Synchronicity Strikes Again

Just the other night, I was pondering what I have taken to calling the “modern media paradox” (I know, it’s not all that snappy, but it works).  Namely, if I have purchased one form of a work, does that mean that it would be okay for me to “pirate” another version of the same?  Am I ethically in the clear to go find pirated electronic copies of all of the books that I have ever purchased in physical form?  Or maybe just the ones that I still own?  And what of the recent Beatles remasters?  If I paid more than $15 a piece back in the cd era for unmastered versions of every Beatles album, does that mean that I am cool to help myself to the most recent, higher-quality recordings?

Clearly, I am not legally okay.  But I’m not so interested in legality.  Nothing that the RIAA or MPAA or various publishing firms have done recently to end-use consumers who are downloading media for personal consumption would suggest that I need to be aligned with their legal perspective to be on firm ethical footing.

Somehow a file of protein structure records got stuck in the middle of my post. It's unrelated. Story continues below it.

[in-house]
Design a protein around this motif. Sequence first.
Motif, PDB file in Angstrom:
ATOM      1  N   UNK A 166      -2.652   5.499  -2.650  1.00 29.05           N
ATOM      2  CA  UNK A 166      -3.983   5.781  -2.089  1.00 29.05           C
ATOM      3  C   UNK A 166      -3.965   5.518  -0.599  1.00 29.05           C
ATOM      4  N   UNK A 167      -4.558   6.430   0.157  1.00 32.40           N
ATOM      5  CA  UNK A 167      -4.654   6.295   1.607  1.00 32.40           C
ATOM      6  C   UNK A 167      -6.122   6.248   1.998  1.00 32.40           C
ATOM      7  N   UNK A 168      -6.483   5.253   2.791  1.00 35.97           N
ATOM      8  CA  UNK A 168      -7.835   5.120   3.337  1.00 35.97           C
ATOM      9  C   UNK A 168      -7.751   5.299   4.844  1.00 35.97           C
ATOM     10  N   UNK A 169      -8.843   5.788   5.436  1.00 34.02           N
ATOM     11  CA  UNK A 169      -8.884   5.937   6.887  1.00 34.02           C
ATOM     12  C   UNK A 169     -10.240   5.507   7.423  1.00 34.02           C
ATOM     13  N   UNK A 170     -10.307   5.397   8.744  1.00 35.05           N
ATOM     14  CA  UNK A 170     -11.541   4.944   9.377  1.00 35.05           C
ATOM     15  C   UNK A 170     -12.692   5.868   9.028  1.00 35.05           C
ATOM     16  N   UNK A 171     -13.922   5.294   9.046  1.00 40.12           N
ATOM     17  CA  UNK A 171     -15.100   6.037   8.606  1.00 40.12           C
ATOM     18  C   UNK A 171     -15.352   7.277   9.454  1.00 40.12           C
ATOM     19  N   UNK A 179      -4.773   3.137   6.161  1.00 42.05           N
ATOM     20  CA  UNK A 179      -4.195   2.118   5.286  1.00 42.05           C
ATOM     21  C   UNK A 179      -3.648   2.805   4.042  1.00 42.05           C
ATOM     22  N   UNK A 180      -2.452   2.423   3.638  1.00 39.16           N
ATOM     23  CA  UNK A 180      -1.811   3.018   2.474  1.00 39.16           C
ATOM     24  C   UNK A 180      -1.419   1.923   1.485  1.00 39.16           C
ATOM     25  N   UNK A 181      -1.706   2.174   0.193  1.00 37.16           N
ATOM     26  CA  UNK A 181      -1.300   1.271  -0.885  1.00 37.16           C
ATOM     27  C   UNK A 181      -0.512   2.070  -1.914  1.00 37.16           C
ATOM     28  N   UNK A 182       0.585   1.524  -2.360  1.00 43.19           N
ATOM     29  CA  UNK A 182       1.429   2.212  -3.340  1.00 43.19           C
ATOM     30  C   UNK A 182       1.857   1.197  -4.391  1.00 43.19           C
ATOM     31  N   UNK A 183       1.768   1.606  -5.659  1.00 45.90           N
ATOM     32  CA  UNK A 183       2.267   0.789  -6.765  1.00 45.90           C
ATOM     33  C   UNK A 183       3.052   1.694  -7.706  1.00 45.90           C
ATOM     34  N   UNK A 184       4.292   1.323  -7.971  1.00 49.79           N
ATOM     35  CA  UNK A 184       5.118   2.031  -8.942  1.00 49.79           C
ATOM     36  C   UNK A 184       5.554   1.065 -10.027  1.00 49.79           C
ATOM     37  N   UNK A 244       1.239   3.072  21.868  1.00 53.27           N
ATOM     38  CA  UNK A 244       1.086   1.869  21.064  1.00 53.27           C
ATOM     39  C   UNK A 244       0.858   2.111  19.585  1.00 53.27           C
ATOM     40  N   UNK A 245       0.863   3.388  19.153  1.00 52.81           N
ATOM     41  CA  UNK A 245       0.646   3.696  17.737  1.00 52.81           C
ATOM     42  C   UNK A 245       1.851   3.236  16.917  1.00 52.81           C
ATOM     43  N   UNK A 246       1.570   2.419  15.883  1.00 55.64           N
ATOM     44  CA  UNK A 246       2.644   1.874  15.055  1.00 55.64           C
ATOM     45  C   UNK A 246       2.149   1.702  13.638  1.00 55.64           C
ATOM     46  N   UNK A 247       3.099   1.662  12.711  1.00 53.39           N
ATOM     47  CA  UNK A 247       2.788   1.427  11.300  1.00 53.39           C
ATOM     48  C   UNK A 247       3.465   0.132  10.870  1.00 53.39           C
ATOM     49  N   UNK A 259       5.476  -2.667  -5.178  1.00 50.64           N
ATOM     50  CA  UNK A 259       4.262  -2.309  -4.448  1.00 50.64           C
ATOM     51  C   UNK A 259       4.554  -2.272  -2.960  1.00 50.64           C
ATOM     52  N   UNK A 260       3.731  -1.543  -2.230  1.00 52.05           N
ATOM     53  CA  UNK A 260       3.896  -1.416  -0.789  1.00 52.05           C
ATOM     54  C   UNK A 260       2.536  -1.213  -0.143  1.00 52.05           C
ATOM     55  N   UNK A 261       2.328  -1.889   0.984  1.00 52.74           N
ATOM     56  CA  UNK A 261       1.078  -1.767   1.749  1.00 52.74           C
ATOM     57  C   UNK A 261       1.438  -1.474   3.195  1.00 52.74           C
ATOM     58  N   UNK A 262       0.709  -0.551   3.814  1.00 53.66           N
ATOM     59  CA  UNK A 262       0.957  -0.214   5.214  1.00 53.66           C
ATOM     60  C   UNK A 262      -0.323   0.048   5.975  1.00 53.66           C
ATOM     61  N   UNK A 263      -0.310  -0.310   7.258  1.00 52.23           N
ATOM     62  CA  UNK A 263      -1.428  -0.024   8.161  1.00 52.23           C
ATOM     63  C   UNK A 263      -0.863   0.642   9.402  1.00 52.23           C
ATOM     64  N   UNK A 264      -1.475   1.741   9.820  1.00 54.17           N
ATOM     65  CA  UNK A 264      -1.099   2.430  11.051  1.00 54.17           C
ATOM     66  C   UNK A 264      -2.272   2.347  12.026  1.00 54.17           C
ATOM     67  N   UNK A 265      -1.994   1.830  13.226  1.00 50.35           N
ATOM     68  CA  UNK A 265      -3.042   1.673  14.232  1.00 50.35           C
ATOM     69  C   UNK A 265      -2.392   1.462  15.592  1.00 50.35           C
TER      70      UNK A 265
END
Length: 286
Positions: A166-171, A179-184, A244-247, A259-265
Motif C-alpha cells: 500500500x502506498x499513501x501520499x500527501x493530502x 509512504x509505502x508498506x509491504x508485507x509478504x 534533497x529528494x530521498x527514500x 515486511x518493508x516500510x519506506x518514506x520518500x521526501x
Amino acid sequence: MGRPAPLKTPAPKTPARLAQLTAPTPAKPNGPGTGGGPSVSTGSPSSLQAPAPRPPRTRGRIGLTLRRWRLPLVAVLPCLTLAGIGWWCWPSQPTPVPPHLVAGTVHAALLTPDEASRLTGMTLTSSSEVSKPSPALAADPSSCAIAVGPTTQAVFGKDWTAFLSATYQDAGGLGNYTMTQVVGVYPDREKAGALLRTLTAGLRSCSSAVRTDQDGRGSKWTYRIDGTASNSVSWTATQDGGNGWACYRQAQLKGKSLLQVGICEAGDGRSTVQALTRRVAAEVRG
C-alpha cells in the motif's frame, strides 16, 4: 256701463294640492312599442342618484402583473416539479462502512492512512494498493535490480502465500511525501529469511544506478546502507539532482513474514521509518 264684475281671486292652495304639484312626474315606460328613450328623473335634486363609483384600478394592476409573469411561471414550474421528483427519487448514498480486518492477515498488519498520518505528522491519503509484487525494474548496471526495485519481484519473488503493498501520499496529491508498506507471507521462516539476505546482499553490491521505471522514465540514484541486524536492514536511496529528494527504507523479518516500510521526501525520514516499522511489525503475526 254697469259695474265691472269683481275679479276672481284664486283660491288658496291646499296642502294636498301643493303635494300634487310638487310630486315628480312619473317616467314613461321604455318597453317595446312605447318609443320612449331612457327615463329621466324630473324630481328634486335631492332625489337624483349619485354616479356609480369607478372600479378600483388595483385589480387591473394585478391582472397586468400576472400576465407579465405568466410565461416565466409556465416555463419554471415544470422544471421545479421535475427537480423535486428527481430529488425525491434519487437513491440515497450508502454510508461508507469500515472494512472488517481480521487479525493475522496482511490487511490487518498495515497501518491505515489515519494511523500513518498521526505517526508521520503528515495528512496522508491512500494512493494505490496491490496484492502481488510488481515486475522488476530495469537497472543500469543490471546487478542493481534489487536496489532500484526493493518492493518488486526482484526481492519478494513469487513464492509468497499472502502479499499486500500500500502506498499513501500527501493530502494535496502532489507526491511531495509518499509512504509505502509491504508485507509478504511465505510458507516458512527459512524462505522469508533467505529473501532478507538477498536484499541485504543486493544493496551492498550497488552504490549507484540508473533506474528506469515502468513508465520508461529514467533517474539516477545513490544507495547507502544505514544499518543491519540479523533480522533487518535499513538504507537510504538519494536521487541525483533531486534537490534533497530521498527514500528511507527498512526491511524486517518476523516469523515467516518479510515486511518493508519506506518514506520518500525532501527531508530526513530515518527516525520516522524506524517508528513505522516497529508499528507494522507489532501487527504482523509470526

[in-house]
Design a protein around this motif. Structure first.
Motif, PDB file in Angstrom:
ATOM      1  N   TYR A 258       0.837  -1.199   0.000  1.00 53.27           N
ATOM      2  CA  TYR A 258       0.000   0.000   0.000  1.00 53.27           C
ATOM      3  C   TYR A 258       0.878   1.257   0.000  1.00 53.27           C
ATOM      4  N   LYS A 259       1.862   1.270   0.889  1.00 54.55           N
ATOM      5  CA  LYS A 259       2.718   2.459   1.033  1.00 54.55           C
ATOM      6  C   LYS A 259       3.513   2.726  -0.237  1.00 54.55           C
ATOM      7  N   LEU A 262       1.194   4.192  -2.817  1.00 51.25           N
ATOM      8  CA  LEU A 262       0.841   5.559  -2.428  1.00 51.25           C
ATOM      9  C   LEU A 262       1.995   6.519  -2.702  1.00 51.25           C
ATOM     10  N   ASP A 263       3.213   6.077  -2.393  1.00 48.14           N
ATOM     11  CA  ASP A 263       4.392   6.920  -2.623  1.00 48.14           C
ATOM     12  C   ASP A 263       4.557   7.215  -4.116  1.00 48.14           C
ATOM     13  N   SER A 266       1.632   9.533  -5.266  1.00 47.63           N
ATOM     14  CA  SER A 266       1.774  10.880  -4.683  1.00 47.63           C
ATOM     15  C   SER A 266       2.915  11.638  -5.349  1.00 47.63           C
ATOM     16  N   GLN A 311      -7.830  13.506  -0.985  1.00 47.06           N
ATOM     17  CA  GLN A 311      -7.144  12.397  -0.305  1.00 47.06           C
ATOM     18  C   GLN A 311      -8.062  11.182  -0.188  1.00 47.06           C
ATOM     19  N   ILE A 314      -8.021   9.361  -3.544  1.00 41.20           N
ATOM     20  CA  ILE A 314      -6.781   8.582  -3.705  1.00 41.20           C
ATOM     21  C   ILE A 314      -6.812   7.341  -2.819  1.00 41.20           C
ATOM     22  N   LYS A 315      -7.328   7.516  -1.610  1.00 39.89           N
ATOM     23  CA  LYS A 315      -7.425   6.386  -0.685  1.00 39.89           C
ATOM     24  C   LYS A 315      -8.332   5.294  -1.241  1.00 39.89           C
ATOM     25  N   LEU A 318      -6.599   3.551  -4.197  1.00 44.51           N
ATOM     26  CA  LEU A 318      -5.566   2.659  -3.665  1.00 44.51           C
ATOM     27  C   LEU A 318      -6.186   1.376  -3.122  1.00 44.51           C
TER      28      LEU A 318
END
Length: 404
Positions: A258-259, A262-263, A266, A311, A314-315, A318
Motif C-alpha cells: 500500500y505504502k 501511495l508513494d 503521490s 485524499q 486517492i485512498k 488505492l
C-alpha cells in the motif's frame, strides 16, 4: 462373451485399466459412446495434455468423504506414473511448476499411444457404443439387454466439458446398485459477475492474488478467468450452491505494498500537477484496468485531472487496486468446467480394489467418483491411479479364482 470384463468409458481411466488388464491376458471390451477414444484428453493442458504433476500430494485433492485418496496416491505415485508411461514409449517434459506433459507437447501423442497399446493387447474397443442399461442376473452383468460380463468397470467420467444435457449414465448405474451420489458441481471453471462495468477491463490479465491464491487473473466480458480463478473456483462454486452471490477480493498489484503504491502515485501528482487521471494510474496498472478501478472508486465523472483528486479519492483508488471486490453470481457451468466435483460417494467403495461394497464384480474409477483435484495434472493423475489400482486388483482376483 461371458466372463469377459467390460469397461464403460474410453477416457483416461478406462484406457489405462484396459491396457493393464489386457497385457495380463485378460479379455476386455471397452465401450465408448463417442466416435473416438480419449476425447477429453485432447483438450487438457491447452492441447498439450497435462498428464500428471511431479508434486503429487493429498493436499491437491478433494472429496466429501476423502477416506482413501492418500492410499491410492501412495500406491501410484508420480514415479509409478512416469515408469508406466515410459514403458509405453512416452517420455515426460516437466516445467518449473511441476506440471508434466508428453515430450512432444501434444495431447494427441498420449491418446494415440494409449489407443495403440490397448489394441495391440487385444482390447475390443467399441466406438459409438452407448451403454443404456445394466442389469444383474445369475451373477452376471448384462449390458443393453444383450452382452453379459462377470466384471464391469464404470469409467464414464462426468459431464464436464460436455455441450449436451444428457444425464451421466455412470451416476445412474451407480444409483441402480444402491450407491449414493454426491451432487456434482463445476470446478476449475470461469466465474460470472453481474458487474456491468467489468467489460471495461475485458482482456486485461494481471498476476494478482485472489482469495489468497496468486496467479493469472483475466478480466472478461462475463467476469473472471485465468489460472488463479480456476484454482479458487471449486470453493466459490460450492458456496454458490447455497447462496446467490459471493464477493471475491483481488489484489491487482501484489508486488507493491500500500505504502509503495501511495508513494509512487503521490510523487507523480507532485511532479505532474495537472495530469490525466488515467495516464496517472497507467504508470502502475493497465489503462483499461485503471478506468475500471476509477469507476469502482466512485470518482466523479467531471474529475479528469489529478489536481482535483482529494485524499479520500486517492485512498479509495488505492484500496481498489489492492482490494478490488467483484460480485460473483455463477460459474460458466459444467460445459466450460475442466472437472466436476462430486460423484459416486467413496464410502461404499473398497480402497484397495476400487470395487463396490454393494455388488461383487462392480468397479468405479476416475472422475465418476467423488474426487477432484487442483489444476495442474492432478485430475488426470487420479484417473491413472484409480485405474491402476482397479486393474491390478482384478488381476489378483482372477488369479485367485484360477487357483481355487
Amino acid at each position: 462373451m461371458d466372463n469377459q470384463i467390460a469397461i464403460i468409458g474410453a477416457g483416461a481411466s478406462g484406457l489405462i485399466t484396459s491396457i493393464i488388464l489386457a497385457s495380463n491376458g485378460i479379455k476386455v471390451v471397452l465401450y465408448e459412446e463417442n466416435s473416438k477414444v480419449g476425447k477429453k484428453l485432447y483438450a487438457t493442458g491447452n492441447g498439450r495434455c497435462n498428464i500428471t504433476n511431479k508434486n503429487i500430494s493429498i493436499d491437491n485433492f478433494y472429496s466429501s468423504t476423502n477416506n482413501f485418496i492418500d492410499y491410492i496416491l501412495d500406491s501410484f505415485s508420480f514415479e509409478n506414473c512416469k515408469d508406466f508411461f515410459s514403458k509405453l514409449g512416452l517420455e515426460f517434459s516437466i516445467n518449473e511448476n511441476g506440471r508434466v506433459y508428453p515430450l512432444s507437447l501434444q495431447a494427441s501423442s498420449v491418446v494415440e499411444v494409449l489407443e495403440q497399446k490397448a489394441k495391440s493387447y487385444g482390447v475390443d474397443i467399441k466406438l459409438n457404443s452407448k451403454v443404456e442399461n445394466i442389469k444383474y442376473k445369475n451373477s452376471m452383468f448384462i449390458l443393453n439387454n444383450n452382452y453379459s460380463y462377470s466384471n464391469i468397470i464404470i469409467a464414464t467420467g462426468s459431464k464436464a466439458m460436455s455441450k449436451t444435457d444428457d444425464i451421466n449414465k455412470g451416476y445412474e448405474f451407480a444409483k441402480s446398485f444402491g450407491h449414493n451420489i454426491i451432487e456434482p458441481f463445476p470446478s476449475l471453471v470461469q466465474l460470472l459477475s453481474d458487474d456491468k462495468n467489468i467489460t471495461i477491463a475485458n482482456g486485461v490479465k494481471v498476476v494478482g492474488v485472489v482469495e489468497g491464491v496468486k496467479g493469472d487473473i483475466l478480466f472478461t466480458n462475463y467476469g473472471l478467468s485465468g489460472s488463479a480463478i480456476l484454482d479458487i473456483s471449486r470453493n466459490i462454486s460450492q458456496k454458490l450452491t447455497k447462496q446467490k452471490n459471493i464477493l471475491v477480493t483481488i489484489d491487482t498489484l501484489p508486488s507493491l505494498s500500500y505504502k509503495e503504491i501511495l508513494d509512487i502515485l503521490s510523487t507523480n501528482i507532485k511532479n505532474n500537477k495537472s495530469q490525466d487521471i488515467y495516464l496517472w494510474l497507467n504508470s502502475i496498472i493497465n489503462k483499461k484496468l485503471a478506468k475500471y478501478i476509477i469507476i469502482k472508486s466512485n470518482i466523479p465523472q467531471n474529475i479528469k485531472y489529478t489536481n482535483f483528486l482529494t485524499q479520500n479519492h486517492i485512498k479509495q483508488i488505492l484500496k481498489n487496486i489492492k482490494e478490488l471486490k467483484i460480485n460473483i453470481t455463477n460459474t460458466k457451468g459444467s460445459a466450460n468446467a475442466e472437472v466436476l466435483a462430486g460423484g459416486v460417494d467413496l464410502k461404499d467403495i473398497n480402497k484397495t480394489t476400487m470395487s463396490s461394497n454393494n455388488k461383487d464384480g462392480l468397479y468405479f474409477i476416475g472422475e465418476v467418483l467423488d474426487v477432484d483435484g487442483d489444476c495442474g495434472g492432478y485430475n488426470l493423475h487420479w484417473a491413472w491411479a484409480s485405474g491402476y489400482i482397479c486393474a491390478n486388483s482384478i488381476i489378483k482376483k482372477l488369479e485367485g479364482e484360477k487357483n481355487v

Interestingly, I am not the only one who is pondering these kinds of situations.  The link above goes to an Ethicist piece on the very same subject.  Mr. Cohen, it seems, agrees with me.  Not that said agreement puts me anymore in the clear than I was before.  It just means that people who carry a bit more ethical water than a scrappy, potty-mouthed, blogger/child teacher think in similar ways to me on particular subjects, and that’s at least a bit more reassuring.

PS-  It appears that my reasoning can lead to a very slippery slope.  e.g.:  If I subscribe to Netflix, does that entitle me to download illegal movies and TV shows, provided I only keep within the simultaneity limit imposed by my particular Netflix account?